Info-tech

The business of missed calls

NAVADHA PANDEY MEENAKSHI VERMA AMBWANI New Delhi | Updated on January 24, 2018 Published on February 18, 2015

missed calls

Cloud platform Ozonetel creates world record with 700 million missed calls





A missed call doesn’t cost a penny, but can fetch pounds worth of data. From politicians such as Modi and Kejriwal to companies like Hindustan Unilever and RedBus, the tech-savvy have cottoned on to the potential of this tool to drive business — and politics.

Ozonetel, a telco grade cloud communications platform, has created a world record by handling data relating to 700 million missed calls in the last nine months to its customers.

It is now targeting a billion missed calls by April. CSN Murthy, Ozonetel’s founder and CEO, says, “It is a unique emerging trend in India in trying to understand return on investment on ads in any medium.”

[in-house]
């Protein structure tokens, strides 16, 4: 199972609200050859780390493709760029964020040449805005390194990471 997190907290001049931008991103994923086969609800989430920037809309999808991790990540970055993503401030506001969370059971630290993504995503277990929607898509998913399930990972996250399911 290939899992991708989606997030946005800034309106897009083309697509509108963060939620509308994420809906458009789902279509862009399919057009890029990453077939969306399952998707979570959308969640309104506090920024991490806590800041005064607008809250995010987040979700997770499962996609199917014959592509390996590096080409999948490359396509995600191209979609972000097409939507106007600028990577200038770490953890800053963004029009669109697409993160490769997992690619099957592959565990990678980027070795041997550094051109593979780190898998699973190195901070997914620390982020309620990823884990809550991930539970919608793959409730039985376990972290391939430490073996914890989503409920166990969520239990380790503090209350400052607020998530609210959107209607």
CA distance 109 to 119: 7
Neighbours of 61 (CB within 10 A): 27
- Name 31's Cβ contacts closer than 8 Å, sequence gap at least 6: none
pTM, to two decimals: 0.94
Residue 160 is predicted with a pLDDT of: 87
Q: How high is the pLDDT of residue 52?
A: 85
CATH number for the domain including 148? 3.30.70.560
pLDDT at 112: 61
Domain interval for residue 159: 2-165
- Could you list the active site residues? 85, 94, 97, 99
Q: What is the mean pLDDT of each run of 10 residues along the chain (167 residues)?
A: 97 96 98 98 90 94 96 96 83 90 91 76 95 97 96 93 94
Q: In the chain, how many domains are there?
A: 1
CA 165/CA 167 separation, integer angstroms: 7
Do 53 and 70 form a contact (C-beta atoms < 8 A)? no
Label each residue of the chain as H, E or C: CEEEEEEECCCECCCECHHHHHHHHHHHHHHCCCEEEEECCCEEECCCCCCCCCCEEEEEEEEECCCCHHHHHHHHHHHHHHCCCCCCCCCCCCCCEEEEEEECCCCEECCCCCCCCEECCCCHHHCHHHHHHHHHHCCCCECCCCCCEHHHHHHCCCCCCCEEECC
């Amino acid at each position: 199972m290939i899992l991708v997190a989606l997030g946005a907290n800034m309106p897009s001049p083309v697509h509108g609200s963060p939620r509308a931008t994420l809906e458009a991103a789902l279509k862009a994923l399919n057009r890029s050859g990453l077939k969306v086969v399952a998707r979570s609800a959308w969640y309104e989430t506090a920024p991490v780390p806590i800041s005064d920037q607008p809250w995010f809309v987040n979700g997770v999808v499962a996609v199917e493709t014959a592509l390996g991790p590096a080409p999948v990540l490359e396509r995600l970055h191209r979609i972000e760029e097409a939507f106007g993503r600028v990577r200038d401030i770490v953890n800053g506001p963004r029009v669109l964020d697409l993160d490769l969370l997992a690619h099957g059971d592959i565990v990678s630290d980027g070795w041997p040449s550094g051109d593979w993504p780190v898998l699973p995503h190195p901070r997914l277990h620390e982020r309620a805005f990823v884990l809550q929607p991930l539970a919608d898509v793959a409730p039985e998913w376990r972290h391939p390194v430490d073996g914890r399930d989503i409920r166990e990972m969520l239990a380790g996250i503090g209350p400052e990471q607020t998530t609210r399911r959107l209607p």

Missed call marketing is exactly what it sounds like: consumers call back in response to ads targeted at them, but hang up without connecting.

Companies then call them back or send messages with deals, coupons and offers.

More than that, the companies gain valuable information of customer interests, preferences and profiles so that ads can be more precisely targeted. Ozonetel has been handling missed calls for the past four years.

Among others Hindustan Unilever, RedBus, TaxiForSure, Manipal University, and ZipDial have used its services. It operates across 20 verticals.

How does a missed call score over other platforms, especially in an age of social media such as Facebook or Twitter?

“Not everyone in the country is on social media, but most have a mobile phone,” Murthy added. It also feeds into a uniquely Indian trait: of making missed calls, because most callers are on prepaid cards with limited calling plans.

Missed call marketing has been making rapid strides: recently, Twitter acquired missed call marketing platform ZipDial, and last year Facebook partnered with mobile media company VivaConnect. Vikram Raichura, MD, VivaConnect, said it works for both rural and urban consumers.  

Published on February 18, 2015
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